Phil’s addition, i believe, makes it an even hundred asteroid shows that have aired in the past couple years. Many of them recently. All of them, other than the 2012 type shows, giving pretty much the same information. The crater explosions was cool, but not very informative. Other shows have done it better, including one that used one of the guns they used to actually create a crater using a projectile!!! What a novel idea.

    The whole show seemed somehwat confused. Simulate an asteroid strike using explosives, huh????Why not use an projectile? Simulate a nuclear strike on an asteroid with a projectile, huh??? Why not use explosives? They finally simulate a kinetic energy ram with , what do you know, a projectile. Also known as a kinetic enrgy ram. Well, one for three ain’t bad in baseball. Not good on a TV show.

    I agree with the previous poster. Phil should stick to what he is good at. Debunking crackpots. There are already plenty of other science shows doing exactly what he is attempting, only better.

  • geraldspace August 31, 2010, 8:23 AM

    I was kinda disappointed. Seemed like Phil spent way too much time with Dan Durda blowing things up, and not nearly enough time with Timothy Spahr at MPC, and with the Ryans at Magdalena Ridge. Their message — that not enough observatories are searching and because of that we will probably have zero warning before the next impact — is the one Phil really should be emphasizing. It was also disappointing to see the show perpetuate the myth that asteroid fields are dense swarms of objects.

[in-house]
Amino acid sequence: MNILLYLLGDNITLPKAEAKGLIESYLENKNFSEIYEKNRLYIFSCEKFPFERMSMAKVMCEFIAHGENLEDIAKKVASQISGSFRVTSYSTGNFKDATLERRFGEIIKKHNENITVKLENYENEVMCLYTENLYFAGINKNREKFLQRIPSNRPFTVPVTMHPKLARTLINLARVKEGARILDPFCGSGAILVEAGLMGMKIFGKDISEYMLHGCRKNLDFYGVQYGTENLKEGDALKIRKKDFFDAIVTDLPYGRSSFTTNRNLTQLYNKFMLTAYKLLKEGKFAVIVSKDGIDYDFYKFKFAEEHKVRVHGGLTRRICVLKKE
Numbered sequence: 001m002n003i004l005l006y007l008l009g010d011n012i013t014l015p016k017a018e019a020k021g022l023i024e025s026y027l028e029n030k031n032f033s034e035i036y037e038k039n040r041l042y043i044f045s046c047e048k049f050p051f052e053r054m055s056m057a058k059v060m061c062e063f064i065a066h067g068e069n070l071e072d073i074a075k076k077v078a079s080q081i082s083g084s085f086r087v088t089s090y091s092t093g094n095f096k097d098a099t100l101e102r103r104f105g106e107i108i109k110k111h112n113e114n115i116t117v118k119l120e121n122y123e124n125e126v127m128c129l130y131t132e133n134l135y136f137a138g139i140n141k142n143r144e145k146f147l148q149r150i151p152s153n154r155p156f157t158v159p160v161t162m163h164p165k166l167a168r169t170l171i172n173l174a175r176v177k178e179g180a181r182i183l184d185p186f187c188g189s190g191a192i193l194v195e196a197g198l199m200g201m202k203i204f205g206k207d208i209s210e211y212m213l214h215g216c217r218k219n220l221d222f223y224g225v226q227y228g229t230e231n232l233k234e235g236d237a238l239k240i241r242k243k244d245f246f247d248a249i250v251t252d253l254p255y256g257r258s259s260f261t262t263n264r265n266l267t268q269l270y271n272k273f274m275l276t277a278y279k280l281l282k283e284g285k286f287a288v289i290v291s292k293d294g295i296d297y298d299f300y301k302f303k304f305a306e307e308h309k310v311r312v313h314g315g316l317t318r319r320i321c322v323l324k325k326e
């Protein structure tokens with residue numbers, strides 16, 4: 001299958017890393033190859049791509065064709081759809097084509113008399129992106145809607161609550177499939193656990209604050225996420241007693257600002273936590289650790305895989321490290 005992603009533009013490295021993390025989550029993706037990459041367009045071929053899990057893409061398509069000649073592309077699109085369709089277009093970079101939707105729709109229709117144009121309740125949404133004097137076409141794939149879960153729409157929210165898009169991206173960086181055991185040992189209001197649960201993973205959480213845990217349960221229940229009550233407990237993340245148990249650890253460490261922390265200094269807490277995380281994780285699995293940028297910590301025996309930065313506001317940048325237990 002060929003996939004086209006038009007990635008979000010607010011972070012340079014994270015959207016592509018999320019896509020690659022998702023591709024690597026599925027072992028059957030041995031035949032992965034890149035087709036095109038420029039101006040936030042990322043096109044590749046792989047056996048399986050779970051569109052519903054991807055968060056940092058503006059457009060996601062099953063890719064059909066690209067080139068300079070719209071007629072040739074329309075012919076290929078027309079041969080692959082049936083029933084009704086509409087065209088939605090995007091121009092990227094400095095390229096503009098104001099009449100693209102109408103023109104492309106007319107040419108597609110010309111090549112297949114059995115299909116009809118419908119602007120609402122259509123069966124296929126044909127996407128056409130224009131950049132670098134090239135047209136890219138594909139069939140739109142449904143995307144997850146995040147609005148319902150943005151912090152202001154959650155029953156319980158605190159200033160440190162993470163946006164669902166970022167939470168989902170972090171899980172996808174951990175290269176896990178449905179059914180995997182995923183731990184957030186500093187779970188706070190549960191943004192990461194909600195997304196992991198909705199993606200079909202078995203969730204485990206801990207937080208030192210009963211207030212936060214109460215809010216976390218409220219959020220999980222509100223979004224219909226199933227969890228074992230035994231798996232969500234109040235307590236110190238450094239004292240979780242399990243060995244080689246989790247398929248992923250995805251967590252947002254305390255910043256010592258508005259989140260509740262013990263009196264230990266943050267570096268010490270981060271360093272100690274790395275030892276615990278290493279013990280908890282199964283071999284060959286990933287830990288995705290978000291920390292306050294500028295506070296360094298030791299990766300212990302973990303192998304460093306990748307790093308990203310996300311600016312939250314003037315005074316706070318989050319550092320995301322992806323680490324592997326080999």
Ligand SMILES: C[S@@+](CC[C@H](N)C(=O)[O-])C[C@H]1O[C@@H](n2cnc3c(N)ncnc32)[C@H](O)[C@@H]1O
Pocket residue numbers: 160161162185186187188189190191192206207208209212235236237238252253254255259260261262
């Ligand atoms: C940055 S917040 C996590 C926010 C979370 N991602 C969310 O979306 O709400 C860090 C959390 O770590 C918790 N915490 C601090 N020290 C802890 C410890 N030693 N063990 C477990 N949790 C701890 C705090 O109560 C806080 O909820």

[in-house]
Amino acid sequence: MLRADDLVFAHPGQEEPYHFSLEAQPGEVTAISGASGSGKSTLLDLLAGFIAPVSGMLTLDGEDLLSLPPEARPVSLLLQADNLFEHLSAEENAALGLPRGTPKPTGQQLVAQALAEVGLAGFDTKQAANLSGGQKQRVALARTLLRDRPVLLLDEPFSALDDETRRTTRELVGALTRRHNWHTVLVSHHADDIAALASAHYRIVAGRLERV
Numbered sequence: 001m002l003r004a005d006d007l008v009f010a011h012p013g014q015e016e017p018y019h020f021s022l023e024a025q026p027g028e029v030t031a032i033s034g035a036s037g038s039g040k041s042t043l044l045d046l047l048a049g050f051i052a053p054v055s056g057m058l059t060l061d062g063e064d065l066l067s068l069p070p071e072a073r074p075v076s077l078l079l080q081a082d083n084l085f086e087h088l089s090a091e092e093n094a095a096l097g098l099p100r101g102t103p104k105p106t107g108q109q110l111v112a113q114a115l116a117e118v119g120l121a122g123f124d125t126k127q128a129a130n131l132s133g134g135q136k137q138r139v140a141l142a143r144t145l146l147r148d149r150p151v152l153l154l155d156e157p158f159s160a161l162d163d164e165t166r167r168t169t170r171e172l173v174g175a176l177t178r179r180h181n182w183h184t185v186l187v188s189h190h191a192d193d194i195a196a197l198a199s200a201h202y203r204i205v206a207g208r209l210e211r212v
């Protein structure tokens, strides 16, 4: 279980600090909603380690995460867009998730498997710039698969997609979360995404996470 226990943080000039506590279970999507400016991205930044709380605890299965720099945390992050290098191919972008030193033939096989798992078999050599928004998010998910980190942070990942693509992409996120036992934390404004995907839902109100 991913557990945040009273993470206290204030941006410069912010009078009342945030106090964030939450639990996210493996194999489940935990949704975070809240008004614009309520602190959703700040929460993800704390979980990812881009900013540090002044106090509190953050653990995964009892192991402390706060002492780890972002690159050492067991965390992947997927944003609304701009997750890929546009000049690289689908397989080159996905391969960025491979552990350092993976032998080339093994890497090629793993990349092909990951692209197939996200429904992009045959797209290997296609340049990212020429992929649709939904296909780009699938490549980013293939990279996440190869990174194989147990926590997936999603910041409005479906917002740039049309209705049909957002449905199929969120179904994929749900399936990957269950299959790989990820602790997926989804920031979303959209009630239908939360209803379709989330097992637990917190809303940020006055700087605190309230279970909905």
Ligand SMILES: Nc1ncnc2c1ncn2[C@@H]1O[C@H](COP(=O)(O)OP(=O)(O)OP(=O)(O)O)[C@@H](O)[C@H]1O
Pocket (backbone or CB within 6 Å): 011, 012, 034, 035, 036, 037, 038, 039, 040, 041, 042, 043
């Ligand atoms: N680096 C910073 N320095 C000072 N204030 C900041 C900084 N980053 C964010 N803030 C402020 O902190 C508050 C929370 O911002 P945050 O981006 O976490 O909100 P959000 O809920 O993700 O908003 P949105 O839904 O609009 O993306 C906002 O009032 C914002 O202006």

• quack August 31, 2010, 12:12 PM

    sophomoric . . in content and presentation.

  • Spoodle58 August 31, 2010, 2:46 PM

    Phil probably doesn’t know how much he says Holy Haleakala, I’ll watch another show but i’ll turn it off if he keeps saying this phase. In all the show was fine, about as much as one expects these days.

  • jblank September 3, 2010, 8:20 AM

    I’m with Geraldspace and Quack on this…I found it really juvenile, not as serious and informative as it should have been, and really lacking in…well….science. It was basically turned into a sci-fi version of Mythbusters, which is not what I thought the show was going to be. Color me disappointed. :(

  • thestargeezer September 3, 2010, 8:27 AM

    Knew the show was coming but almost missed it. Please Phil….lose the “Holy Haleakala.” While I enjoyed the show overall I kept saying “Mythbusters” as I was watching it. Having read your blogs and listened to your podcasts for some time you are better than that. Although I realize you are not the “official” producer of the show and their main interest is not science, it is in selling advertising…hence all the explosions. All in all, keep it up Phil. i know you can do it and I am looking forward to the next presentation.